The supplemental spending bill includes $1 million for Attorney General Bill Schuette’s investigation into Michigan State University’s handling of the Larry Nassar sexual assault scandal. Another $2.4 million in general fund dollars would go to the state police for response efforts to recent flooding and for equipping more officers with Narcan nasal spray for use in opioid overdose cases.

The state transportation department is authorized to use up to $15 million of its new funding for new next-generation connected vehicle projects, hydrogen fueling stations and ride-sharing pilot projects for seniors and residents with disabilities.

Snyder said state spending on roads is up more than $1 billion since 2011, but “one of the big challenges we’ve faced is we’ve actually had our federal partners go backwards on us.”

The overall Michigan transportation budget will reach about $4.5 billion in 2018, up from $3.6 billion in 2011, according to the governor. Snyder said he would support an increase in the federal gas tax -- something most members of Congress have opposed -- and noted some communities have asked voters to implement local fees or assessments to boost investments.

“We all need to be part of the solution, not one single party,” the governor said.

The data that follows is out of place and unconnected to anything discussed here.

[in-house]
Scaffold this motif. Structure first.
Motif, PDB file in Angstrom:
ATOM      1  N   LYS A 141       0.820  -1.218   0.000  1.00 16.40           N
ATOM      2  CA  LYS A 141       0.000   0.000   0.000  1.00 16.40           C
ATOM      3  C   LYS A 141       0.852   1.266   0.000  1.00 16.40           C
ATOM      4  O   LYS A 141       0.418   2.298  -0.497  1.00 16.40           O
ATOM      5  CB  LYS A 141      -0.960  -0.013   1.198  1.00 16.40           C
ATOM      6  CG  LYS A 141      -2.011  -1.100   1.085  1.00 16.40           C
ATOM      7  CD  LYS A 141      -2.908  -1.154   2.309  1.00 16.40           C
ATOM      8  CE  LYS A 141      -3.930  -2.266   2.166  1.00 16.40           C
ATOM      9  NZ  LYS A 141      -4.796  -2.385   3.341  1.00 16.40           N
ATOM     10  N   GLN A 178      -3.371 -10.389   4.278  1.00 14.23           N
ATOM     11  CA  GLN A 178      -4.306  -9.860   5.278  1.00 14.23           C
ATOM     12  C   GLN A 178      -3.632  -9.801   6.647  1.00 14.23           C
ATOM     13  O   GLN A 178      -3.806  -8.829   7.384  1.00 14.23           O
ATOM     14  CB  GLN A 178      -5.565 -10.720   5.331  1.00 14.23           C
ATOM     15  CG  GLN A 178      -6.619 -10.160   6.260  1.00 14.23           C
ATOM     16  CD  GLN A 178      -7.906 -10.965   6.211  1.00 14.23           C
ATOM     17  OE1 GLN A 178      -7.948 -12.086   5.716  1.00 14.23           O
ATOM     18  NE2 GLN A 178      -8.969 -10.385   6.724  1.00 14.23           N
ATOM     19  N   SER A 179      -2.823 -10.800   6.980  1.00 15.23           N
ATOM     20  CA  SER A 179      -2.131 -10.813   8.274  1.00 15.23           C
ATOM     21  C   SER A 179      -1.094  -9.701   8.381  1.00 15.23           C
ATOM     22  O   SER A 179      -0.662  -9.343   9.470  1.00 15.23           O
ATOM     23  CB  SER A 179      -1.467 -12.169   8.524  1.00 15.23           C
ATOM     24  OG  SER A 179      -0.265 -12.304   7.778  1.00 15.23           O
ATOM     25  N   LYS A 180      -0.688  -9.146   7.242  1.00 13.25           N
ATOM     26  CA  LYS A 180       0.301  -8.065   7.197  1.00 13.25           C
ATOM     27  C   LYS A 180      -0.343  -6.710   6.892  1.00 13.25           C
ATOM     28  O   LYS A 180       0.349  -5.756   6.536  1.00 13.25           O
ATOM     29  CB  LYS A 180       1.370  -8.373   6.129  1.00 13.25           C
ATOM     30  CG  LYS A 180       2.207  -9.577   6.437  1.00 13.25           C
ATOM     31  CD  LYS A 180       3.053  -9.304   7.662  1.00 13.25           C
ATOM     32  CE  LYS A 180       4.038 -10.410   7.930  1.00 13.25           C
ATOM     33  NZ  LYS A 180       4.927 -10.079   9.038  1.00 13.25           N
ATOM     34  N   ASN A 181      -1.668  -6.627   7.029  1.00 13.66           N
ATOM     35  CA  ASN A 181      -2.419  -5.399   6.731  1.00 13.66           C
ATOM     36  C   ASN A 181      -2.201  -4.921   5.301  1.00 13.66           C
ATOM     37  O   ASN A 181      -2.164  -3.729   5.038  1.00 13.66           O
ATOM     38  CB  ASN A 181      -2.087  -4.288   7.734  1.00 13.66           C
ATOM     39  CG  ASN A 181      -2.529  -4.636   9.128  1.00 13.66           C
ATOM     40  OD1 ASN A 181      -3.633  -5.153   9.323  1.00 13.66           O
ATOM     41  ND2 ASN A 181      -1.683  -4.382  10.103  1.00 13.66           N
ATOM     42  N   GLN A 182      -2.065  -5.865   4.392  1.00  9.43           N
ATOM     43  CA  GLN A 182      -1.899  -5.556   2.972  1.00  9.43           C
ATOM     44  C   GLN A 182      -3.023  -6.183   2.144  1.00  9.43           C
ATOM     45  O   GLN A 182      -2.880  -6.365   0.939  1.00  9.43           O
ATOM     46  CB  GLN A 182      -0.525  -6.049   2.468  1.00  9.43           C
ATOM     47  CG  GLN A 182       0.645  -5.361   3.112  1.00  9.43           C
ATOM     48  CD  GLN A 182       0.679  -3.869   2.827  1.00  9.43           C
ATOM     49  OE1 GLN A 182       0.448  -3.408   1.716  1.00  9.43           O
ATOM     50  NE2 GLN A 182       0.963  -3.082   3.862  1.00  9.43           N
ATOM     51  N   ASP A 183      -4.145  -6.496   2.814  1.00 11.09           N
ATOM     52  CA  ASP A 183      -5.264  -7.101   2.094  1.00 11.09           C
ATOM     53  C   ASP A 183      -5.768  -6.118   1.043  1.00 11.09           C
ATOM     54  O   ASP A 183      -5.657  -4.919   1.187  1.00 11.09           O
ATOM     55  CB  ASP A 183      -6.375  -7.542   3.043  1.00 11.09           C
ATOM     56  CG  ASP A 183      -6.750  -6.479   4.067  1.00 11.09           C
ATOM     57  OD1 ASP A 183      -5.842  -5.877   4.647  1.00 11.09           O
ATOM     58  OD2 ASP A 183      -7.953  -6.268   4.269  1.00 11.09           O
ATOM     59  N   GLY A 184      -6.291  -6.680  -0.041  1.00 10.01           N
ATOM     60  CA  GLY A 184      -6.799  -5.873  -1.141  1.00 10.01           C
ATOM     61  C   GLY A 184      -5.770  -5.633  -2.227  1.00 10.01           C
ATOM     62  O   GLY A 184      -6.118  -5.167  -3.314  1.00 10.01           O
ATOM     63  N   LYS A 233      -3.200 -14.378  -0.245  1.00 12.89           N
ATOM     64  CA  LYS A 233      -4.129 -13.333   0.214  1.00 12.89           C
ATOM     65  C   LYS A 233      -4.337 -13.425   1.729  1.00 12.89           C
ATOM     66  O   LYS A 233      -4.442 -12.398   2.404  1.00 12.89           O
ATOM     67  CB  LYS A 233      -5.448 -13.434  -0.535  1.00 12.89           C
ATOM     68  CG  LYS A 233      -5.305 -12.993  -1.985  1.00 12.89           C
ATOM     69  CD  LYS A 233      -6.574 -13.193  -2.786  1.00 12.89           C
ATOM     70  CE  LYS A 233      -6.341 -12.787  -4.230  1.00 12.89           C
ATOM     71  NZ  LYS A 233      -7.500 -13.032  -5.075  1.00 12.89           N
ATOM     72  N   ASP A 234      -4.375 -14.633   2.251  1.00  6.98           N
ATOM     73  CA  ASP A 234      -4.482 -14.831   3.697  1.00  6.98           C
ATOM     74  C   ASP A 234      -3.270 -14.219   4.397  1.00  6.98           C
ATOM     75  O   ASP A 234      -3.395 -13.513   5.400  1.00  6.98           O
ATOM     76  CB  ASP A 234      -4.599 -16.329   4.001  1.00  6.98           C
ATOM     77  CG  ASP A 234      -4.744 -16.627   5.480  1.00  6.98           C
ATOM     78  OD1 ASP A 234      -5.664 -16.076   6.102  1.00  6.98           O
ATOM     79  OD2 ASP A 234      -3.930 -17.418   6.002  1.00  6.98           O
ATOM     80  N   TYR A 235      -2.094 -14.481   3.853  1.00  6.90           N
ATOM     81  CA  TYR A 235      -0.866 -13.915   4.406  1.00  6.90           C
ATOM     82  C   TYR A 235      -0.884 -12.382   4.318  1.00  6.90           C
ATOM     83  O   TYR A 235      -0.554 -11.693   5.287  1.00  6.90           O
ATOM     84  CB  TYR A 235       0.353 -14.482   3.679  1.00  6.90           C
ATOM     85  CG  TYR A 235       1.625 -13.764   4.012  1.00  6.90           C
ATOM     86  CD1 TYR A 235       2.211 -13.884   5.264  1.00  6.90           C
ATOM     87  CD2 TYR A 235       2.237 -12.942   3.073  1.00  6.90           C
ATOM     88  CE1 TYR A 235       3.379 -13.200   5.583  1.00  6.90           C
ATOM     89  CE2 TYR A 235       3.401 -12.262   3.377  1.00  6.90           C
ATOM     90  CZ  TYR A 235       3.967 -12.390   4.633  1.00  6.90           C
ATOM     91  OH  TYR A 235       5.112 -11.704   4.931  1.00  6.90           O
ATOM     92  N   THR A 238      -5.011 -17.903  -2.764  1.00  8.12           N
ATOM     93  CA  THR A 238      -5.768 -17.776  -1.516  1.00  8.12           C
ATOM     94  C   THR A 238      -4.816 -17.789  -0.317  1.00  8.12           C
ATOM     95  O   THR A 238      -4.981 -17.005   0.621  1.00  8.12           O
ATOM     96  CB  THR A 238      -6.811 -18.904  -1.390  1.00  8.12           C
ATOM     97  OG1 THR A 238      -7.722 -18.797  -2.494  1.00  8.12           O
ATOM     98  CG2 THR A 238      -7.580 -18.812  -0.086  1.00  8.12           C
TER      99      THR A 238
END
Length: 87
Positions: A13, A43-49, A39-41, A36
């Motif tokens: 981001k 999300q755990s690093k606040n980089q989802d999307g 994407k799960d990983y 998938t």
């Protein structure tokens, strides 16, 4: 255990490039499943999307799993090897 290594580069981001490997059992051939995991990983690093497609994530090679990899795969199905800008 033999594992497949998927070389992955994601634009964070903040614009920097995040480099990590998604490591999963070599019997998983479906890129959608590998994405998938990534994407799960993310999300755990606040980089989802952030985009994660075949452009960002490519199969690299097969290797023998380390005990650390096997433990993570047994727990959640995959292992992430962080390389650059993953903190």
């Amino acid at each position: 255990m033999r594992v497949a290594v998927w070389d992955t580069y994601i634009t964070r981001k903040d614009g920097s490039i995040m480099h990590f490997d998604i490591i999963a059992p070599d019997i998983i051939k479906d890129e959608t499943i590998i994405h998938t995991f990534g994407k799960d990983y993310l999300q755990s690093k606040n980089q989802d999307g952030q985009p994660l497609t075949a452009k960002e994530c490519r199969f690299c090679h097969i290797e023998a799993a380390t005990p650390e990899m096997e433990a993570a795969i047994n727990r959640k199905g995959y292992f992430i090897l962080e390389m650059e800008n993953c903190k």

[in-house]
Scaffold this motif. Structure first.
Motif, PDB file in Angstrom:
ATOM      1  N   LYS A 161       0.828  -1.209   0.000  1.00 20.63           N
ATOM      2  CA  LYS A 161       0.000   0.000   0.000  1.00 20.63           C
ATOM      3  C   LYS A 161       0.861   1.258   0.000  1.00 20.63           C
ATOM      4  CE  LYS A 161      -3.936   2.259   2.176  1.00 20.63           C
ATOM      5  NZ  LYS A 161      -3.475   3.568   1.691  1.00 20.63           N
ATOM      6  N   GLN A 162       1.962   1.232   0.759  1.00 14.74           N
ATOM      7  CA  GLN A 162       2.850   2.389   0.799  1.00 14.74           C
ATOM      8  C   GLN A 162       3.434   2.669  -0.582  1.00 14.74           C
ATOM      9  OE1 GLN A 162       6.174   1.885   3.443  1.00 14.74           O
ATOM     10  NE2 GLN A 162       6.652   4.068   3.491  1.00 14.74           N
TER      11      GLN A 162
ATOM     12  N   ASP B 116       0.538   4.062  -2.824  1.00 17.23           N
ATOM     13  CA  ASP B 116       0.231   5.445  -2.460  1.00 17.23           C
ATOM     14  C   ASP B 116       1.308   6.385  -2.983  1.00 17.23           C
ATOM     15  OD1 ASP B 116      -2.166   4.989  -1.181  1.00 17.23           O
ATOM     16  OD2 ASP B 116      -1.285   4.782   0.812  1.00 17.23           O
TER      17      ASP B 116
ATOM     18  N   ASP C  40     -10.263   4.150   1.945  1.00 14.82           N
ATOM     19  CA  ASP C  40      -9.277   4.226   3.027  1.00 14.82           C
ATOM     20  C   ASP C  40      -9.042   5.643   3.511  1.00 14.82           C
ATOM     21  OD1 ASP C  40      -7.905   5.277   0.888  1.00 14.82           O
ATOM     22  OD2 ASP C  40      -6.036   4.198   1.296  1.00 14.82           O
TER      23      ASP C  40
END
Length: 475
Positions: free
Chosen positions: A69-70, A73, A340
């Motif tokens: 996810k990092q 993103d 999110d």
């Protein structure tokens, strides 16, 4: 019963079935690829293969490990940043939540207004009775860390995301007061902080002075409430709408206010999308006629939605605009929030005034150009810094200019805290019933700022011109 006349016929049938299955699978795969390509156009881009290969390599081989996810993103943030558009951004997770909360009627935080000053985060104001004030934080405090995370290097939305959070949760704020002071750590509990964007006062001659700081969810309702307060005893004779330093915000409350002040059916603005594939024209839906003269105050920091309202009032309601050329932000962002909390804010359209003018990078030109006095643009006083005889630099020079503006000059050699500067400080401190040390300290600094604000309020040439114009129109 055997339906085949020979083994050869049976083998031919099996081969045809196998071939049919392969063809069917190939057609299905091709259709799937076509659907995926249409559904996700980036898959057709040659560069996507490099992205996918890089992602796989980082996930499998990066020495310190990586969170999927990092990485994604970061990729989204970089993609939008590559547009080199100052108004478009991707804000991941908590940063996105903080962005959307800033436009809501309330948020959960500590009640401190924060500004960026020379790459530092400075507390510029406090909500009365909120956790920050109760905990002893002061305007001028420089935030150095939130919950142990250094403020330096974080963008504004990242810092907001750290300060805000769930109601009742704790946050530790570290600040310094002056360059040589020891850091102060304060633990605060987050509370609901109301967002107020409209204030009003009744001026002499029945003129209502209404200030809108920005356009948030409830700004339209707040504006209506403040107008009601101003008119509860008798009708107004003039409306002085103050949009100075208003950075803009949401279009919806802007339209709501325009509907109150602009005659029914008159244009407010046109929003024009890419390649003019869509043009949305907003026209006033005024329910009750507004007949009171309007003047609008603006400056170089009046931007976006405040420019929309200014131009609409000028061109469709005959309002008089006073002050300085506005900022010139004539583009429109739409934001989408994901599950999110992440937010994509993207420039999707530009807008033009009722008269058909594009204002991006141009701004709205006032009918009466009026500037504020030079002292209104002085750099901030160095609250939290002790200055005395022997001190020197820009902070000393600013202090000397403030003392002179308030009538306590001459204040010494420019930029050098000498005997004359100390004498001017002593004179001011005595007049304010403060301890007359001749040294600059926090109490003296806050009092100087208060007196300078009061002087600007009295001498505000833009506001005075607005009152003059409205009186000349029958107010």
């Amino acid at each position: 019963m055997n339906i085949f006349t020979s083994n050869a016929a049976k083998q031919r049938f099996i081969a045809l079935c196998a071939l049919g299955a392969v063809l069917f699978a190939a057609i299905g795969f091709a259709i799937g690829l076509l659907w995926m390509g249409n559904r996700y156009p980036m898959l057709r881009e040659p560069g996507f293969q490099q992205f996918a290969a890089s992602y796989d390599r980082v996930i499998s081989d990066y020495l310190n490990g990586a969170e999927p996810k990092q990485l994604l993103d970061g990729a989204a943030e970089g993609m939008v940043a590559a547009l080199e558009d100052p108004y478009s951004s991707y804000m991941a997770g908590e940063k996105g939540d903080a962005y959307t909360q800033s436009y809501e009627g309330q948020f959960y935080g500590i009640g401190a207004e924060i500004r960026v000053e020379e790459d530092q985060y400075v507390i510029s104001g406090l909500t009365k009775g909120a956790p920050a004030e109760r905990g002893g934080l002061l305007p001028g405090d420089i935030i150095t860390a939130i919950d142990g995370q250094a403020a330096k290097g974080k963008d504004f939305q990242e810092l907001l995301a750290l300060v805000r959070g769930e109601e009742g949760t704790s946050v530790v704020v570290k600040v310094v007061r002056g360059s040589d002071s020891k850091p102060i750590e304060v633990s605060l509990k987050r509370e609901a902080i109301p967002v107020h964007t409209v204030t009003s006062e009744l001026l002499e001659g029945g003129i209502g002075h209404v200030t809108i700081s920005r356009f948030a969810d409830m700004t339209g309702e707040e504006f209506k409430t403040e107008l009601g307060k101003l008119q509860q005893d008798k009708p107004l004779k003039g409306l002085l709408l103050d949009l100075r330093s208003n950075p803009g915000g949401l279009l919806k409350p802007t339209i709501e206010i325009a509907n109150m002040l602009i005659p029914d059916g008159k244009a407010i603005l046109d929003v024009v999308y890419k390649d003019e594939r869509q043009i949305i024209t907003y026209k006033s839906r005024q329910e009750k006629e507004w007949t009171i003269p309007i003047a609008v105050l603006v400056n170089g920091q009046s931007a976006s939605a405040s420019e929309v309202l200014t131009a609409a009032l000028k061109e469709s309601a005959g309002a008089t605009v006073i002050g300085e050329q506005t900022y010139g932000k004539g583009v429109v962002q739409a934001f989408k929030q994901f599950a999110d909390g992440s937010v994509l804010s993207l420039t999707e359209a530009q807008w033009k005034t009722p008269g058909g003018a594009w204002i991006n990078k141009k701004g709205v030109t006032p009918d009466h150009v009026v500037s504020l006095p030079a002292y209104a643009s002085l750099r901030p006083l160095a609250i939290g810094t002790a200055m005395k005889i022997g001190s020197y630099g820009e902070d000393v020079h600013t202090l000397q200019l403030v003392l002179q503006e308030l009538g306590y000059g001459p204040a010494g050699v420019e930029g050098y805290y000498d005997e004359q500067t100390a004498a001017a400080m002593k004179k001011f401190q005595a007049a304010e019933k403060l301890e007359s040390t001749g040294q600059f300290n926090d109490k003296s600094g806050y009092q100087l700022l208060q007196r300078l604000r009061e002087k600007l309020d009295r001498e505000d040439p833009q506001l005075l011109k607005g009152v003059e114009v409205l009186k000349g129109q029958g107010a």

In February, President Donald Trump told congressional lawmakers he supported a 25-cent increase in the 18.4-cent federal gas tax as a way to finance his infrastructure plan.

Denise Donahue, executive director of the County Roads Association of Michigan, thanked the governor and lawmakers for “this shot in the arm” but said it is important to set realistic expectations on how far the new funding will go.

“We didn’t get here overnight, and we’re not going to get out of this situation overnight,” she said, echoing comments by Senate Majority Leader Arlan Meekhof, R-West Olive.

While general fund allocations from the 2015 road funding law are still being phased in, Donahue said it is time to start talking about “phase two” for “getting our roads back to a shape we’re proud of.”

Lawmakers unanimously approved the $178.4 million supplemental spending bill on March 1 after Senate Republicans rejected a Democratic proposal to fund additional repairs through a $275 million withdrawal from the state’s nearly $1 billion “rainy day” savings account.

Hackel and Macomb County Public Works Commissioner Candice Miller had written lawmakers to tell them the funding would be “woefully inadequate” to address local needs. They urged lawmakers to tap into state savings, borrow from reserves or take other “creative actions” to boost spending.

“The current conditions on our local, county and state roads have far surpassed the level of inconvenience and are now at crisis levels,” Hackel and Miller said in their Feb. 27 letter.

House Speaker Tom Leonard, R-DeWitt, said he first proposed accelerating the extra road funding dollars after Steudle assured him crews would be ready to put the money to use this summer.

“When you look at this winter, it’s been pretty mild and good for all of us as humans,” Leonard said, “but when you look at the way it’s treated the roads, it’s probably been one of the worst winters we’ve had in some time.”

joosting@detroitnews.com